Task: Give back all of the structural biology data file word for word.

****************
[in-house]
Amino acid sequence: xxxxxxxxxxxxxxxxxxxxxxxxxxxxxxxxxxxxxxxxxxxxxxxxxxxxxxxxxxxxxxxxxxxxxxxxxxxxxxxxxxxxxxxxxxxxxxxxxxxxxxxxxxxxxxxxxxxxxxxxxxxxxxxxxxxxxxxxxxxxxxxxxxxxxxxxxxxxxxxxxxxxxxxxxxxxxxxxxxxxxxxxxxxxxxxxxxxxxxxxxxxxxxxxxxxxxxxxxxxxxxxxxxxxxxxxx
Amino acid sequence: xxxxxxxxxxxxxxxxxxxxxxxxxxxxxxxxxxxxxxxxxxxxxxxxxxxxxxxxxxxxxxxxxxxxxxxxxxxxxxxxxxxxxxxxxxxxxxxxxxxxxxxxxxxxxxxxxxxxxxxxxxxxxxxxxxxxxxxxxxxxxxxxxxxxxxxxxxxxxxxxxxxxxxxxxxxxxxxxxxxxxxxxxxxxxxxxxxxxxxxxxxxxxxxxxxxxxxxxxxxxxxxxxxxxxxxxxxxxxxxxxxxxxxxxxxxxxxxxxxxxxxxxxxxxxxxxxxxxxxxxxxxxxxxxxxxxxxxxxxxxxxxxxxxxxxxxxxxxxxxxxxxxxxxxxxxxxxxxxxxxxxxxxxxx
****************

[in-house]
Amino acid sequence: xxxxxxxxxxxxxxxxxxxxxxxxxxxxxxxxxxxxxxxxxxxxxxxxxxxxxxxxxxxxxxxxxxxxxxxxxxxxxxxxxxxxxxxxxxxxxxxxxxxxxxxxxxxxxxxxxxxxxxxxxxxxxxxxxxxxxxxxxxxxxxxxxxxxxxxxxxxxxxxxxxxxxxxxxxxxxxxxxxxxxxxxxxxxxxxxxxxxxxxxxxxxxxxxxxxxxxxxxxxxxxxxxxxxxxxxx
Amino acid sequence: xxxxxxxxxxxxxxxxxxxxxxxxxxxxxxxxxxxxxxxxxxxxxxxxxxxxxxxxxxxxxxxxxxxxxxxxxxxxxxxxxxxxxxxxxxxxxxxxxxxxxxxxxxxxxxxxxxxxxxxxxxxxxxxxxxxxxxxxxxxxxxxxxxxxxxxxxxxxxxxxxxxxxxxxxxxxxxxxxxxxxxxxxxxxxxxxxxxxxxxxxxxxxxxxxxxxxxxxxxxxxxxxxxxxxxxxxxxxxxxxxxxxxxxxxxxxxxxxxxxxxxxxxxxxxxxxxxxxxxxxxxxxxxxxxxxxxxxxxxxxxxxxxxxxxxxxxxxxxxxxxxxxxxxxxxxxxxxxxxxxxxxxxxxx